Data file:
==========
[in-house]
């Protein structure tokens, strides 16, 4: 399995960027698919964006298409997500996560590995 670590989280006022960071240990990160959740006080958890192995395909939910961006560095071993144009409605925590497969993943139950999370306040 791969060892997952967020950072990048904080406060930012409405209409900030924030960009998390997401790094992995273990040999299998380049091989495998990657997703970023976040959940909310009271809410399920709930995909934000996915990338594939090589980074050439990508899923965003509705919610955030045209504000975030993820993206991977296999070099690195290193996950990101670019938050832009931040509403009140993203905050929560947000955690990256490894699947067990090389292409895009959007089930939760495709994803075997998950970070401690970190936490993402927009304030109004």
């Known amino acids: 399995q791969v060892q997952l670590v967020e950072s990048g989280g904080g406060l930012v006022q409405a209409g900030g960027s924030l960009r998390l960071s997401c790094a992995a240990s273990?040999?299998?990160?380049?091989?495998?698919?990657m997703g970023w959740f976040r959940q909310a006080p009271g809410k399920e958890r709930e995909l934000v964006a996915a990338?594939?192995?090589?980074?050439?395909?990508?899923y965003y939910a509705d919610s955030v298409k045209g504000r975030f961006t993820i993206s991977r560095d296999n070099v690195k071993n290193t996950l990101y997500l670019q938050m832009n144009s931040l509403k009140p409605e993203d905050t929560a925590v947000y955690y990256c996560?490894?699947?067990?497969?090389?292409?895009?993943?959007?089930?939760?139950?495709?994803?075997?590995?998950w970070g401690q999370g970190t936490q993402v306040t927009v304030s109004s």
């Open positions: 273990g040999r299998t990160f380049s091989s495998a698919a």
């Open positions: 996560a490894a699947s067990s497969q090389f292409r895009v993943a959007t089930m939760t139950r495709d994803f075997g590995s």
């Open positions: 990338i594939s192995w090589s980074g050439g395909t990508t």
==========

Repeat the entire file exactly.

[in-house]
């Protein structure tokens, strides 16, 4: 399995960027698919964006298409997500996560590995 670590989280006022960071240990990160959740006080958890192995395909939910961006560095071993144009409605925590497969993943139950999370306040 791969060892997952967020950072990048904080406060930012409405209409900030924030960009998390997401790094992995273990040999299998380049091989495998990657997703970023976040959940909310009271809410399920709930995909934000996915990338594939090589980074050439990508899923965003509705919610955030045209504000975030993820993206991977296999070099690195290193996950990101670019938050832009931040509403009140993203905050929560947000955690990256490894699947067990090389292409895009959007089930939760495709994803075997998950970070401690970190936490993402927009304030109004």
């Known amino acids: 399995q791969v060892q997952l670590v967020e950072s990048g989280g904080g406060l930012v006022q409405a209409g900030g960027s924030l960009r998390l960071s997401c790094a992995a240990s273990?040999?299998?990160?380049?091989?495998?698919?990657m997703g970023w959740f976040r959940q909310a006080p009271g809410k399920e958890r709930e995909l934000v964006a996915a990338?594939?192995?090589?980074?050439?395909?990508?899923y965003y939910a509705d919610s955030v298409k045209g504000r975030f961006t993820i993206s991977r560095d296999n070099v690195k071993n290193t996950l990101y997500l670019q938050m832009n144009s931040l509403k009140p409605e993203d905050t929560a925590v947000y955690y990256c996560?490894?699947?067990?497969?090389?292409?895009?993943?959007?089930?939760?139950?495709?994803?075997?590995?998950w970070g401690q999370g970190t936490q993402v306040t927009v304030s109004s």
């Open positions: 273990g040999r299998t990160f380049s091989s495998a698919a």
């Open positions: 996560a490894a699947s067990s497969q090389f292409r895009v993943a959007t089930m939760t139950r495709d994803f075997g590995s």
């Open positions: 990338i594939s192995w090589s980074g050439g395909t990508t």